Recently we had one of the staff historians for the Staunton Historic Society do some research on the Spotts-Coffman house. We have been very pleased with the results and will be sharing some of it on this website as well as informing visitors during the house tours. Our first episode is below.
Big and Little Kalorama
The land upon which the Spotts-Coffman house sits on was once part of the Kalorama estate. This site had a manor house and additional outbuildings and was started in 1756. By 1771, it was owned by Patrick McDavid and was subsequently sold to Daniel Sheffey in1805. Daniel named the manor house "Kalorama" which is Greek for "fine view". As it sits upon a hill in what is now considered the Gospel Hill historic district, until the property was divided into building lots and houses constructed surrounding it, there must have been a very fine view. The manor house still stands but has been extensively modified throughout the years. It was once Staunton's city library and now serves as a private high school. It is located across the street from the Hotel 24 South in Staunton.
After the death of Mr. Sheffey in 1830, the Kalorama manor house became a boarding school for young women and was headed by his widow, Maria, and their five daughters. The school, which was the first of it's kind in Staunton, eventually became known as the Virginia Female Institute and was the forerunner of the Stuart Hall Academy.
In approximately 1860, one of the five daughters, Margaret, who was now a widow and had a crippled daughter to care for, decided to have a house built on the property for themselves. Margaret's unmarried sister, Ann Louisa, came to live in the house shortly afterwards. This house became known as "Little Kalorama" and is substantially the house which is now the Spotts-Coffman house. In 1873, the sisters sold the house and the now subdivided lot upon which it stood, to Henry P. Dickerson. Dickerson referred to the house as "New Kalorama" and the two names were used interchangeably in the following years.
Henry was a farmer and had a farm outside of Staunton. Apparently, he had financial problems and placed the house for sale in 1885. Even though the house was advertised as "having eight rooms with gas and water upstairs and down. It has a stable and the usual outhouses, all in good repair", the house did not sell by 1886. Ann Sheffey, the mortgage holder, sued Henry, with the result being that the house and land was put up for auction. The auction was conducted in 1887 and the winning bidder was John McQuaide.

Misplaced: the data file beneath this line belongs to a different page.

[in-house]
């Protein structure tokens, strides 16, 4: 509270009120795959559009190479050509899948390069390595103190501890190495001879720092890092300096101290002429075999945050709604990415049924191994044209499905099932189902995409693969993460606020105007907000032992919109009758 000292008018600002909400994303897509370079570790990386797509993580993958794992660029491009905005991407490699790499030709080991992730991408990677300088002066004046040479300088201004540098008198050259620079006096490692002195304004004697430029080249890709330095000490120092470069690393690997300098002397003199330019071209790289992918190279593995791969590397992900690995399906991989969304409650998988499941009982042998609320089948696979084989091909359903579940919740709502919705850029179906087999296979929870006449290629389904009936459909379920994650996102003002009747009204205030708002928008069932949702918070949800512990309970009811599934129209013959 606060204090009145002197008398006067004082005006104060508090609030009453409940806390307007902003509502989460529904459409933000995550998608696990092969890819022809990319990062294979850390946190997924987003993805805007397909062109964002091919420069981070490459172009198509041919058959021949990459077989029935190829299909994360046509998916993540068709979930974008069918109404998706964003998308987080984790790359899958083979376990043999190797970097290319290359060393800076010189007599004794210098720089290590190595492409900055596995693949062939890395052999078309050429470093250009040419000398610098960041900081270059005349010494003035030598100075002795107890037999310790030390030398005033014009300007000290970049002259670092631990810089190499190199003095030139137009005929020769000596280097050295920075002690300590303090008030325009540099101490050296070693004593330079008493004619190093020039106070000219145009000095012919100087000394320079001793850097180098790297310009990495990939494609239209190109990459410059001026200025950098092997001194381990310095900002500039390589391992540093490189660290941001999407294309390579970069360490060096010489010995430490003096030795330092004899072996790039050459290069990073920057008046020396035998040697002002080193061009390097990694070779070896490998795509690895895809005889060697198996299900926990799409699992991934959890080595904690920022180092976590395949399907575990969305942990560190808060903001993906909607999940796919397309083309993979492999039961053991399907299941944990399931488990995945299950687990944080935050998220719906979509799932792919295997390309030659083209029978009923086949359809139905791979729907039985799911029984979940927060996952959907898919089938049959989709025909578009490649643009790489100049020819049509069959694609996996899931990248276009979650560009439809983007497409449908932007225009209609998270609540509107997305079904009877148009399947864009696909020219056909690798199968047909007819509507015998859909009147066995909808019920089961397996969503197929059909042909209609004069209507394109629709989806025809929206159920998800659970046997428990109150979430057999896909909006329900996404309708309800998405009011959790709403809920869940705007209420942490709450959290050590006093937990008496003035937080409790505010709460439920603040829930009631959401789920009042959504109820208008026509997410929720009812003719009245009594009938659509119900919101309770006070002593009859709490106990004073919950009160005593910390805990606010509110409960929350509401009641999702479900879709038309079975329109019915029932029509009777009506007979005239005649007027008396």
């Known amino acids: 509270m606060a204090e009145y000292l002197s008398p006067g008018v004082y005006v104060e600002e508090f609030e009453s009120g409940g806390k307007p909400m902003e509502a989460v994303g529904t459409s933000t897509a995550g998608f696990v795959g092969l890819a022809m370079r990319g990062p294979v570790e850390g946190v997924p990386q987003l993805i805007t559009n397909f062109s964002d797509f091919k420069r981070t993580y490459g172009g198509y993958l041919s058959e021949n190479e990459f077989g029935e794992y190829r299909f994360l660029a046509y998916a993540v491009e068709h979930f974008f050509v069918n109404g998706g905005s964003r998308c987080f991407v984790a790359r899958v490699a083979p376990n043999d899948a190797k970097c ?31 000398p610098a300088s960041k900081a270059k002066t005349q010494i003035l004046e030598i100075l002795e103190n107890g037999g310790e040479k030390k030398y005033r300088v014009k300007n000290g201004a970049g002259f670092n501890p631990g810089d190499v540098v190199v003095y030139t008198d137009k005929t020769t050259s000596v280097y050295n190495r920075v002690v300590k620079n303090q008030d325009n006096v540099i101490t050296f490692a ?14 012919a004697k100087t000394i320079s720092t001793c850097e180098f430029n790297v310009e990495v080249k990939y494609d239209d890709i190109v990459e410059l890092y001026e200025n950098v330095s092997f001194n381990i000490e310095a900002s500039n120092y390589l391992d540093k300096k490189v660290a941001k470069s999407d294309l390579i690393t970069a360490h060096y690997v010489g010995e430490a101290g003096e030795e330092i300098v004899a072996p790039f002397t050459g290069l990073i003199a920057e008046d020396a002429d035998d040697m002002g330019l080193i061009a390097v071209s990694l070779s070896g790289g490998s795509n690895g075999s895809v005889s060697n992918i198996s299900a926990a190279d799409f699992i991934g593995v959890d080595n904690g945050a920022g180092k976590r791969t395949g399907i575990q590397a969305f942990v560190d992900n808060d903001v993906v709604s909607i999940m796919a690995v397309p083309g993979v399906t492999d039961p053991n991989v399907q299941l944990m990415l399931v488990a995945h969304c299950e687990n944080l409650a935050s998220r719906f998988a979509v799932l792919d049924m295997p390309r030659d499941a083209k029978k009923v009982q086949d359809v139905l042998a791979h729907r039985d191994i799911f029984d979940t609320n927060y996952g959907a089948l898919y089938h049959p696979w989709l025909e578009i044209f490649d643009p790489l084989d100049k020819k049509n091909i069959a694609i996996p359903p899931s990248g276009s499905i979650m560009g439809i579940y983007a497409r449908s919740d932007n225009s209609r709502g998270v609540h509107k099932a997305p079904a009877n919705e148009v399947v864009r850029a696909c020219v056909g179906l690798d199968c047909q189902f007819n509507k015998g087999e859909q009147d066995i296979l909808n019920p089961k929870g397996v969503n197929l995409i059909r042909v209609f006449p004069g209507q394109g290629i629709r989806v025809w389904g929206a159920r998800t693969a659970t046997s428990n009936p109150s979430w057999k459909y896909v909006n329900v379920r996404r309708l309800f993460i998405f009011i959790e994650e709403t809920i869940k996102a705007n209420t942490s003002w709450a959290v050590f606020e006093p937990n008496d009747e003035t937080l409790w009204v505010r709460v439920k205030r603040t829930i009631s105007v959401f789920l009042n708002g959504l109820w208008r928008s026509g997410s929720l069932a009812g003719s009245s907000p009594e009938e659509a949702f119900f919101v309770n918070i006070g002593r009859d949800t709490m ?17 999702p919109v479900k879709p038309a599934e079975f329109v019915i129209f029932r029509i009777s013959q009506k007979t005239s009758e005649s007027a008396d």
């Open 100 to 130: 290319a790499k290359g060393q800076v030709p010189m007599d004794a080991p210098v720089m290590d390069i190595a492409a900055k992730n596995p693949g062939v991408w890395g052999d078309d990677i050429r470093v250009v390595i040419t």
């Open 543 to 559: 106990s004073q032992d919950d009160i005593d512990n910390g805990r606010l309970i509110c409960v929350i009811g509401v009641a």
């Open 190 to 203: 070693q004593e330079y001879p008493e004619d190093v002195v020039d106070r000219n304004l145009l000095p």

John McQuaide was known as "Captain McQuaide" due to his service to the Confederacy. After his marriage to Sarah McMahon in 1874, he joined his father-in-law, Edward McMahon, in his dry-goods business. He subsequently bought into James Bumgardner's Distillery, which produced wines, liquors, and famously, rye whiskey. It was the result of the business successes that McQuaide was able to purchase the house.
McQuaide was active in various organizations in Staunton and is credited for getting brick pavement to replace the dirt roads and establishing a paid fire department.
The McQuaide's had seven children, however only three lived to survive their parents who died months apart in 1899. The three children, John, Frances, and Raymond, were still young and had to have guardians appointed for them. The fate of John and Frances are unknown, but Raymond was given to an elderly relative in nearby Rockingham County, and by 1910 was working as an electrician for the motion picture business in Norfolk, Virginia.
As a result of the McQuaide estate debts, the house was again put up for auction and "Little Kalorama" was purchased by John M. Spotts in September 1900. The Spotts family, including their only child, Charlotte, had the house for eighty-eight years. What they did to it, and their lives during that time, is the subject for another episode which you can get to by clicking here.